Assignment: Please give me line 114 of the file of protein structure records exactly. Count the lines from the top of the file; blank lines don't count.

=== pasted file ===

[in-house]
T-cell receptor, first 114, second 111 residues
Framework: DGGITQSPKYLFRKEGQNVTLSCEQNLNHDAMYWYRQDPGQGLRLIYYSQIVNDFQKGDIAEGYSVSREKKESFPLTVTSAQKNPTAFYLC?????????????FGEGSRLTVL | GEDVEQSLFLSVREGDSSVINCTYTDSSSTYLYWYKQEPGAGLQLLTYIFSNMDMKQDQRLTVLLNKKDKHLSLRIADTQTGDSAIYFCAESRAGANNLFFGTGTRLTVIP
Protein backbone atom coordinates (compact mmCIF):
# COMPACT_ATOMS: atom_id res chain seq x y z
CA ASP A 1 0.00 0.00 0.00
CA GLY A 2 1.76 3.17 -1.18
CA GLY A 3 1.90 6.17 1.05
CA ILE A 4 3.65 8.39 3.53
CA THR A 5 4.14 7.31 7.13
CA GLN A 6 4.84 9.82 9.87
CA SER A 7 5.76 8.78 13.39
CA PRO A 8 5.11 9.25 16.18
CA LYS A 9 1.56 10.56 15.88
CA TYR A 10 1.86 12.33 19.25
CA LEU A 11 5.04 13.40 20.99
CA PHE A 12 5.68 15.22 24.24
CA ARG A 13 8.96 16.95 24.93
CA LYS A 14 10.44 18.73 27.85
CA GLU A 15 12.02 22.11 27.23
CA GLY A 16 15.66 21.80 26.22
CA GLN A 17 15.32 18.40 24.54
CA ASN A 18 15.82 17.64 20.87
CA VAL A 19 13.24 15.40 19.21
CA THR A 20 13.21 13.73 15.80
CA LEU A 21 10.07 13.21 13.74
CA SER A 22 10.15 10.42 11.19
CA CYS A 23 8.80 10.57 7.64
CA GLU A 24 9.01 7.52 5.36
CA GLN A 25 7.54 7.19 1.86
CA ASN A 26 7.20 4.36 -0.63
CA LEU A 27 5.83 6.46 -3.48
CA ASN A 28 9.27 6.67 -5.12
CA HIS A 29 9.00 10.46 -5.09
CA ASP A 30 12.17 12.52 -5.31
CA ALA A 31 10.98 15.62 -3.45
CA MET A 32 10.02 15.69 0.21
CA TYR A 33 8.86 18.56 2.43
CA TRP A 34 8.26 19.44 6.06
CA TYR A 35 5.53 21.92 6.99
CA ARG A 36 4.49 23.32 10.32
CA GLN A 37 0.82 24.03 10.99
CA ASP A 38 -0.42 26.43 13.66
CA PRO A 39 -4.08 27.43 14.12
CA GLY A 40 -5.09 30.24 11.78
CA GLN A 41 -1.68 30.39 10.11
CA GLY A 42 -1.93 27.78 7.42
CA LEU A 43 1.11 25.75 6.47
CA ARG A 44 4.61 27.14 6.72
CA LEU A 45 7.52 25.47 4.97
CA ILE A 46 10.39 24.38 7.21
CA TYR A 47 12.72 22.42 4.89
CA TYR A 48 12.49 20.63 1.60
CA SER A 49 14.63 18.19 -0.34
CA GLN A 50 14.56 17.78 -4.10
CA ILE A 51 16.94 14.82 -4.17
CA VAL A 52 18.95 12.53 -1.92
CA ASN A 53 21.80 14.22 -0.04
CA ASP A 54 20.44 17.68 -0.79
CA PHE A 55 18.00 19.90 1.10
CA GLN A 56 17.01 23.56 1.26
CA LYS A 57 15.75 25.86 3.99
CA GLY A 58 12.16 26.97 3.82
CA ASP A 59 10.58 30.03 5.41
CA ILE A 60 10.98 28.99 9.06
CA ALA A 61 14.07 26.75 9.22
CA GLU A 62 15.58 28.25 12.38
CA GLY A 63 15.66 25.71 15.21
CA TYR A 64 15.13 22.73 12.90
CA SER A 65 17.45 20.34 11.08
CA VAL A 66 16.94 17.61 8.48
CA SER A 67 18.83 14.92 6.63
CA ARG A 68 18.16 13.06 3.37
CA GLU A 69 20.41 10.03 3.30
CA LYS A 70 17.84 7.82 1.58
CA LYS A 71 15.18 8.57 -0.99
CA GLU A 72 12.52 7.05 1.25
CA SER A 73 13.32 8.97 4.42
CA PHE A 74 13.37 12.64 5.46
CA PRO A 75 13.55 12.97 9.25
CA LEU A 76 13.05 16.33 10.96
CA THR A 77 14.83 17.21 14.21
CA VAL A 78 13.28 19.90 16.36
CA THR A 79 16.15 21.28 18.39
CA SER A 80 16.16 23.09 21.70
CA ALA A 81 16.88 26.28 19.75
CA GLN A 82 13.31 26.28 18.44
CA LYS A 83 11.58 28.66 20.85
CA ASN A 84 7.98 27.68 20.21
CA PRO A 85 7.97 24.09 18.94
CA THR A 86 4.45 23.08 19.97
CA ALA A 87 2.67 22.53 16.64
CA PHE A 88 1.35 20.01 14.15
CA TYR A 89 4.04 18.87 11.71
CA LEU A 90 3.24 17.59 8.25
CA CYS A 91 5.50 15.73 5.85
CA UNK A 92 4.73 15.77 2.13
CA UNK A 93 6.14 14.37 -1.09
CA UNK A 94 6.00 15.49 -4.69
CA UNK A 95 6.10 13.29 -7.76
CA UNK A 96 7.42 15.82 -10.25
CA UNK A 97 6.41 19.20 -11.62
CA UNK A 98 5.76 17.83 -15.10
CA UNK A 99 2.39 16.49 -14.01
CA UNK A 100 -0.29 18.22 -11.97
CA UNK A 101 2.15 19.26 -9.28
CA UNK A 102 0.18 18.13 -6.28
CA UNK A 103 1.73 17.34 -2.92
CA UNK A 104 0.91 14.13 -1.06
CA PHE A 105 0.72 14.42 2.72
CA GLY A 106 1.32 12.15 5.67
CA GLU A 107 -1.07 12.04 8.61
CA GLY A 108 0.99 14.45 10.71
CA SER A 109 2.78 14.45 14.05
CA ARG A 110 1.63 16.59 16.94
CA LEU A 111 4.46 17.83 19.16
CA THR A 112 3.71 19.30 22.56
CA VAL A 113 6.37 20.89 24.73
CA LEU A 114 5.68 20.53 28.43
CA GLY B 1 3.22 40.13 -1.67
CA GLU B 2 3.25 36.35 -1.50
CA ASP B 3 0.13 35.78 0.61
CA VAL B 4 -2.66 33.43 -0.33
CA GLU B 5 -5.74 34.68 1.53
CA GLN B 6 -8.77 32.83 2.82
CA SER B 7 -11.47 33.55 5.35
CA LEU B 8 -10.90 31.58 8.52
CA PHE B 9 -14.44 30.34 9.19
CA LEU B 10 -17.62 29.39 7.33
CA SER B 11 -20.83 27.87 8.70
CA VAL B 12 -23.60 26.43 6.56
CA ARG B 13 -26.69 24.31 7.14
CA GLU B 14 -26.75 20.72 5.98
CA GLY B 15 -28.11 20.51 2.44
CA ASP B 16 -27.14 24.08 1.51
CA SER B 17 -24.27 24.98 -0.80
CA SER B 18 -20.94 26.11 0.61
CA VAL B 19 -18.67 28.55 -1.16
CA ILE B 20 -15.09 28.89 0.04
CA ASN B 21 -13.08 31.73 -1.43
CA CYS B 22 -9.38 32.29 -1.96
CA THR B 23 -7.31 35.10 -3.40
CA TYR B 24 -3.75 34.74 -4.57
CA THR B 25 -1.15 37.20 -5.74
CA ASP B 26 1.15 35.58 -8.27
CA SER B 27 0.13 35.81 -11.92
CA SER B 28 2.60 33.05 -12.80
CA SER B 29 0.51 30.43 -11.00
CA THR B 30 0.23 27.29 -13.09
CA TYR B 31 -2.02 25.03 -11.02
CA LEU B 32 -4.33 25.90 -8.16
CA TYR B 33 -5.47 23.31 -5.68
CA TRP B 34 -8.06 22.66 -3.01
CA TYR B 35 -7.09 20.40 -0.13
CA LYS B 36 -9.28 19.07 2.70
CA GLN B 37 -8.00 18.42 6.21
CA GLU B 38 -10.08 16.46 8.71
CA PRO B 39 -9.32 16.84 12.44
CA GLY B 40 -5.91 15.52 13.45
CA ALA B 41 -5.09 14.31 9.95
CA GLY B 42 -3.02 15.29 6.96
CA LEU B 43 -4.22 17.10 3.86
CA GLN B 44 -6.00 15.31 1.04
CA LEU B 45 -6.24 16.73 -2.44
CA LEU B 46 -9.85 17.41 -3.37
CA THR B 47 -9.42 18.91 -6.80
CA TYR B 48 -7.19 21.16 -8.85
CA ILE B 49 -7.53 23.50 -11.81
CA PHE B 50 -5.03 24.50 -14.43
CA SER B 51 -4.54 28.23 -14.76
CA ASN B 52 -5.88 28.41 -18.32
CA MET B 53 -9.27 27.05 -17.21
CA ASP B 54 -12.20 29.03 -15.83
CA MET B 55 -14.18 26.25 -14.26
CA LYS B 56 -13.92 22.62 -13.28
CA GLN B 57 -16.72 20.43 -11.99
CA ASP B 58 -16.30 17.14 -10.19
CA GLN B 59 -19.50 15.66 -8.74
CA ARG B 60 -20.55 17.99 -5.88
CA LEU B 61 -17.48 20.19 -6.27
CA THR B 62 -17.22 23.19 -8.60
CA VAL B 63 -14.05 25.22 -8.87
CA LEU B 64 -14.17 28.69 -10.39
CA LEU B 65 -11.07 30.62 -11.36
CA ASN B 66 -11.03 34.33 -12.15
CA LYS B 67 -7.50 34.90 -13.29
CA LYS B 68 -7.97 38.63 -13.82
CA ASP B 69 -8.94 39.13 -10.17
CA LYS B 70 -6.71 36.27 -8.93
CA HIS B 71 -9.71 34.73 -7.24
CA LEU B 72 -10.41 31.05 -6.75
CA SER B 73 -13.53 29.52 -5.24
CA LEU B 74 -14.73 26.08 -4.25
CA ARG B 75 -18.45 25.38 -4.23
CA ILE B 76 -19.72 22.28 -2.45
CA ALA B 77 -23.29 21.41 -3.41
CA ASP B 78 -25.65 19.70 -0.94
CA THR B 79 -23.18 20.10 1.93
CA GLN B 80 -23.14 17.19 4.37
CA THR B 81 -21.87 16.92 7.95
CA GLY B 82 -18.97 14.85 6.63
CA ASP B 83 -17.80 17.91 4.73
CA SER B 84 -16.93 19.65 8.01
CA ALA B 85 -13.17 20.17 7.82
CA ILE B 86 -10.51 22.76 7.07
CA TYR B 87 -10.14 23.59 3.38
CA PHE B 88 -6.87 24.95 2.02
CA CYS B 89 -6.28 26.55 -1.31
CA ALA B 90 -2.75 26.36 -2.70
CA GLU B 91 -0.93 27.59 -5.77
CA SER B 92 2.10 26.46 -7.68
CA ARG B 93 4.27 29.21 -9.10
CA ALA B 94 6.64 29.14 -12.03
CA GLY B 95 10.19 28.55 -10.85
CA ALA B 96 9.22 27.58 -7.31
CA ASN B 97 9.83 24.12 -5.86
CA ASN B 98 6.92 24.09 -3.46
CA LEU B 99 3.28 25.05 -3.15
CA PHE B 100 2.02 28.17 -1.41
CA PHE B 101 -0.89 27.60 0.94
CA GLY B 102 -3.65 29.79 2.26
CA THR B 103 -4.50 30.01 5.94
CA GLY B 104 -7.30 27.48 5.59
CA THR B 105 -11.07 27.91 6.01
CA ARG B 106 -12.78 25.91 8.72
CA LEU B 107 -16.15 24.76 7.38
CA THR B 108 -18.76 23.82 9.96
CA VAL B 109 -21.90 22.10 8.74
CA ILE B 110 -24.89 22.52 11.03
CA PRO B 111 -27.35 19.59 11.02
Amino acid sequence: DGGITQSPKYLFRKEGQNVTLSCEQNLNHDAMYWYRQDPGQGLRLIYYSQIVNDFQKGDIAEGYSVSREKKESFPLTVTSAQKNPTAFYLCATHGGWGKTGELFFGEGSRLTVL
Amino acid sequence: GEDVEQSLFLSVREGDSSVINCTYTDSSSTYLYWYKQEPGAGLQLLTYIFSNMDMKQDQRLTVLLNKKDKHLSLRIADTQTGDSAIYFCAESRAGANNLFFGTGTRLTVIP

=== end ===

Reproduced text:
CA SER A 109 2.78 14.45 14.05